Vodka instead of Gin.

Yes, I like gin martini’s but there is nothing wrong with vodka martini’s either, James Bond likes them. It was one of those things that got me thinking about some old time drinks.
A Pink Lady, it’s usually made with gin and applejack, grenadine and an egg white. I’ve also seen it without the applejack or with a scoop of vanilla ice cream instead of an egg white. It’s also not bad if you switch from gin to vodka especially with the ice cream version.
Can you think of some others that might be good with vodka instead of gin?


Quick and easy!

Ok say you have the new Pillsbury Crescent sheets, smooth out the sheet.
Add some butter, a little brown sugar and cinnamon.
Then some raisins and nuts, roll it up and slice.
put into pan and bake at 375 degrees for about 15 mins.

A little snack for anytime.

Squash Soup….nice in the winter.

This was a discussion in the making. My teacher asked about a good squash recipe. Well I said usually I put things like all spice and cinnamon and heavy cream in mine. So I polled some friends and and we agreed on some basic things.

About 6 cups of squash which could be acorn or butternut. The squash itself should be either cut in half’s and cooked faced down or up with butter some spices and maybe some brown sugar (without the seeds). About 400 degrees for about 30 mins or so.

Now either a chicken or vegetable stock about 3 to 6 cups, how think do you like it. Also the other reason is you might want to add water or a nice white wine. Remember when you add the squash puree it first.

Here is where we came up with some many ideas on what to add to it after that. For spices the list included salt, pepper, allspice, dill, sage, bay leaf, thyme, basil, garlic, cayenne pepper, ginger, nutmeg and cinnamon. Think of what you like to taste, be creative, use what you like.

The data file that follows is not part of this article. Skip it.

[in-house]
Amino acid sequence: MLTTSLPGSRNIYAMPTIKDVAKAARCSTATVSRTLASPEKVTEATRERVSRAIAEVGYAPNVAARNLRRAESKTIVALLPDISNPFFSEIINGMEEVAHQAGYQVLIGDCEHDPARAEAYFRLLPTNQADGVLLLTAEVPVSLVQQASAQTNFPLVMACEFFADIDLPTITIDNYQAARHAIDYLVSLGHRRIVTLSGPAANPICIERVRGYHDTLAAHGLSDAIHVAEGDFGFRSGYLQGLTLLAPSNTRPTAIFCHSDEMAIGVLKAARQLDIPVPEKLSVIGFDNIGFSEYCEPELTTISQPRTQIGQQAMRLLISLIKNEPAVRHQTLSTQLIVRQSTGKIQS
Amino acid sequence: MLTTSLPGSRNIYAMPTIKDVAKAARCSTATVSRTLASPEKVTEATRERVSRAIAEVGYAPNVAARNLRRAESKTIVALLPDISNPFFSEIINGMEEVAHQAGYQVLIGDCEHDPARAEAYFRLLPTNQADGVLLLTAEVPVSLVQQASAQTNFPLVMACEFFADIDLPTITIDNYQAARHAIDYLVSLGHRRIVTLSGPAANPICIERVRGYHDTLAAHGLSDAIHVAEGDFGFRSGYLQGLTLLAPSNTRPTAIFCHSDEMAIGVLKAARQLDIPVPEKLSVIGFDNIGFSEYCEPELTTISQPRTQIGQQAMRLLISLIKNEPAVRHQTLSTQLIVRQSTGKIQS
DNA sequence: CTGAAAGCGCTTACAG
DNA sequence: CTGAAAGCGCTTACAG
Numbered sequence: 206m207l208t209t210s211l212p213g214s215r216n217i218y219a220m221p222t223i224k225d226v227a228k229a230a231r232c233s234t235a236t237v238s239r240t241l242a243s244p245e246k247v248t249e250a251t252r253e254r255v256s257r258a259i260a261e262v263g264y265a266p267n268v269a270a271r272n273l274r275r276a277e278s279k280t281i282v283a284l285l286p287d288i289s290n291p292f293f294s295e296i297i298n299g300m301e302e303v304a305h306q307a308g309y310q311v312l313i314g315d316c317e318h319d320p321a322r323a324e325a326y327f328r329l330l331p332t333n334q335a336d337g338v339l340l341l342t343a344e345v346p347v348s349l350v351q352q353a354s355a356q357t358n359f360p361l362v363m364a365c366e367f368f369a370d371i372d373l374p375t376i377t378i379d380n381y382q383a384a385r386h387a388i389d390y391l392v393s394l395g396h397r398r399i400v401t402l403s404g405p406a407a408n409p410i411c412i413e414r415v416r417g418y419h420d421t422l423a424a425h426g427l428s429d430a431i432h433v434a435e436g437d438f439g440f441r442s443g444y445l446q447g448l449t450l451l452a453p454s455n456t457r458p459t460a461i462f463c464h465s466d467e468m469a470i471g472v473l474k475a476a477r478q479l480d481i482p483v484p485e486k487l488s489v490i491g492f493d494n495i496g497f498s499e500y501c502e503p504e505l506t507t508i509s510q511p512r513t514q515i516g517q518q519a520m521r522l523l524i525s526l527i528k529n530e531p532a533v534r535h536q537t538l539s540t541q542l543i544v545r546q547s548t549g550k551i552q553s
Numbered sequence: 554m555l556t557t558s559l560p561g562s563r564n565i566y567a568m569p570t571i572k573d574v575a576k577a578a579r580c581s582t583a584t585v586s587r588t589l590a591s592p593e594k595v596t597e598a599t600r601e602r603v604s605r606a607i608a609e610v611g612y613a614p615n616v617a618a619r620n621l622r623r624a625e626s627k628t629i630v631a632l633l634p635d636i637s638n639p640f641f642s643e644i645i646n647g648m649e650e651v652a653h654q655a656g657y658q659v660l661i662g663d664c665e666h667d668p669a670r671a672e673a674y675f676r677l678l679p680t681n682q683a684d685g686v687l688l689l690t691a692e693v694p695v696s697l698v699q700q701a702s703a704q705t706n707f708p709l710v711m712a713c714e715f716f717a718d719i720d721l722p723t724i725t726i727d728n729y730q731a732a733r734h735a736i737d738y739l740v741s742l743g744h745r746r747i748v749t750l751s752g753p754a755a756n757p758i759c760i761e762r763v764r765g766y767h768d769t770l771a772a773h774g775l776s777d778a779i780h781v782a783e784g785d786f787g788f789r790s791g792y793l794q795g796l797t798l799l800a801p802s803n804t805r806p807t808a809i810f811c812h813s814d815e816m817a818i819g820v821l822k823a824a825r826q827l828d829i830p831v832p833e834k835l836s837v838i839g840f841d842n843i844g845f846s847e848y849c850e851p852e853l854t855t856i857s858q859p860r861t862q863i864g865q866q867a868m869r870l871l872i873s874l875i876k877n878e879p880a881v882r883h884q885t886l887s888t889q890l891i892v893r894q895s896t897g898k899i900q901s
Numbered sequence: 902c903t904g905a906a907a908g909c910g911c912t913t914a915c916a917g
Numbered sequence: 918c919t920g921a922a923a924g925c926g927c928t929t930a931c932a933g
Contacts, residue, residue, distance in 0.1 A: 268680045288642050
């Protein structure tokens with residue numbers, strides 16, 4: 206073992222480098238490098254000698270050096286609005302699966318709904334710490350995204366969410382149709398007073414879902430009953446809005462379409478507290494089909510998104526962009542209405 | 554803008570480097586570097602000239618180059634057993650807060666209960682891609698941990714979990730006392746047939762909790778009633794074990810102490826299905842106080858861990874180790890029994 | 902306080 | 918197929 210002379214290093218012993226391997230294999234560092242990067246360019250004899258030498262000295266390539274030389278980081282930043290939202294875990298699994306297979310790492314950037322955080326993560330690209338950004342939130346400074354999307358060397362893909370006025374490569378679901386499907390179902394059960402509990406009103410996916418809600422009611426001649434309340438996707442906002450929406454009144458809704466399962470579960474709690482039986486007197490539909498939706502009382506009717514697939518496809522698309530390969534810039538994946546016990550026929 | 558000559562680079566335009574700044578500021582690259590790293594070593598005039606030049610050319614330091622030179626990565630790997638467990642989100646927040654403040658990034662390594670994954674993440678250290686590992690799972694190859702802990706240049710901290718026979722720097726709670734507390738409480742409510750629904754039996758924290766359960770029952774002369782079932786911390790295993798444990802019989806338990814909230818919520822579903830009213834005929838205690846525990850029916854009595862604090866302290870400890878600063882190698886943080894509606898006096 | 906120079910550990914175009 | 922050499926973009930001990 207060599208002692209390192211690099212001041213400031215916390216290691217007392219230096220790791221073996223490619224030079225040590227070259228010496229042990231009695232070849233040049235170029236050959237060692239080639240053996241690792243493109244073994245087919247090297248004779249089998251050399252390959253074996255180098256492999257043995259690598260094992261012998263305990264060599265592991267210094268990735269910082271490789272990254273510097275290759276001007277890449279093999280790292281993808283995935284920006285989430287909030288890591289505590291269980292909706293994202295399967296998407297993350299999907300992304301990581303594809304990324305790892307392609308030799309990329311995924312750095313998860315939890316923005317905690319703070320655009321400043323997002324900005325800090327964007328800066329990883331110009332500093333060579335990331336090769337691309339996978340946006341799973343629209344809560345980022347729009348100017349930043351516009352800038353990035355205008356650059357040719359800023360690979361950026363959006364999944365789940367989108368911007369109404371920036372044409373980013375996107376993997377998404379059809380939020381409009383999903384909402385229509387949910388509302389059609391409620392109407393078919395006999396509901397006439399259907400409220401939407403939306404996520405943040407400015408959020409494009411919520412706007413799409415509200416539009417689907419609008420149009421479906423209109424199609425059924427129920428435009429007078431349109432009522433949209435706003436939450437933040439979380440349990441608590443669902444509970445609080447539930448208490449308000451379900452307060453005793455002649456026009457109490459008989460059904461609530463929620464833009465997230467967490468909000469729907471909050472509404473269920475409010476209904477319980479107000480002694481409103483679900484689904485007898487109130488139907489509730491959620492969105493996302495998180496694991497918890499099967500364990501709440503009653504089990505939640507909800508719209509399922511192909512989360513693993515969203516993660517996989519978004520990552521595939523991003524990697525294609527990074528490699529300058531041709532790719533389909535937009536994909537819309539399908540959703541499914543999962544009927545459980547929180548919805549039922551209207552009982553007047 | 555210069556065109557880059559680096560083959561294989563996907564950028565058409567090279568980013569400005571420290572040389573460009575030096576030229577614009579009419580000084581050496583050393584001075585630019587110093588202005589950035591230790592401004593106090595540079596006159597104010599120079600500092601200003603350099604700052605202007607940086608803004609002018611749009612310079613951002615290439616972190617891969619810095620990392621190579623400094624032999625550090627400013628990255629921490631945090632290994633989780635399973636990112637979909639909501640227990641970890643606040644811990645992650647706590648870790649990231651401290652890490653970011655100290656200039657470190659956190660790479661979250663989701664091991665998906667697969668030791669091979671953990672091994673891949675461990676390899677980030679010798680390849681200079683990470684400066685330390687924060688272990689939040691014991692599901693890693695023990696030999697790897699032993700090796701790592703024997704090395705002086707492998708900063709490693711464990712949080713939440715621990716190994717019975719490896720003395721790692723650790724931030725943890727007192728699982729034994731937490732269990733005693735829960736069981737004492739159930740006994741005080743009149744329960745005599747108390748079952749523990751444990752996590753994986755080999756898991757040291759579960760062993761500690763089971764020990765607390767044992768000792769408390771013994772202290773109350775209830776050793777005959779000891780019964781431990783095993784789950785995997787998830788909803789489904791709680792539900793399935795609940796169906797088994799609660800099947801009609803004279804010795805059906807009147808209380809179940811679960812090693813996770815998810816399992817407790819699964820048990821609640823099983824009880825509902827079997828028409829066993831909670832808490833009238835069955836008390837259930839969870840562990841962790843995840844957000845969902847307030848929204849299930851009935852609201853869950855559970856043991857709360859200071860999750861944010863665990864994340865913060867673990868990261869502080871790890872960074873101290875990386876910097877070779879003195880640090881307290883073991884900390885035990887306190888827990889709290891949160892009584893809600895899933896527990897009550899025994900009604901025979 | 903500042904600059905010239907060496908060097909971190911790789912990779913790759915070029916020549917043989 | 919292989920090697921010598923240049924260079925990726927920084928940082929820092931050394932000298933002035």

Next other items to add, we all agreed that we hadn’t had great luck with normal potatoes, but sweet potatoes were a plus, other things you might use. Celery, Fennel, Carrots, Apples could be Granny Smith, Gala, Fuji, Onions could be yellow or white caramelized or lightly brown. Honey or cream even Mascarpone cheese or Gruyere, even Swiss is a nice accent to the soup. Don’t forget croutons, favored or not.

Make it your way, see what you can come up with and let us know.

Authentic food from India created by Tandoor Chef has a good cause this week.

Recently I was introduce to a festival that is part of  the heritage of India. This festival is called Diwali (pronounced Di-vali-i) and it celebrates the Hindu New Year and is a weeklong festival of light in India. It runs from October 24 to October 28th and one of the companies that produces India authentic Indian food for grocery stores around the country is sharing information about some of the traditions of this country. The company is Tandoor Chef, there food can be found a Whole Foods and King Soopers as well as other stores in the area. This year Tandoor Chef is helping the Deep Kiran Foundation, which helps to educate and care for impoverished children in remote villages of India. With each new Facebook fan, Tandoor Chef, the leader in all natural Indian frozen cuisine, is donating $1 to the foundation.

Some information about each day of this celebration has been passed along to me and includes a wonderful recipe that I will share with you.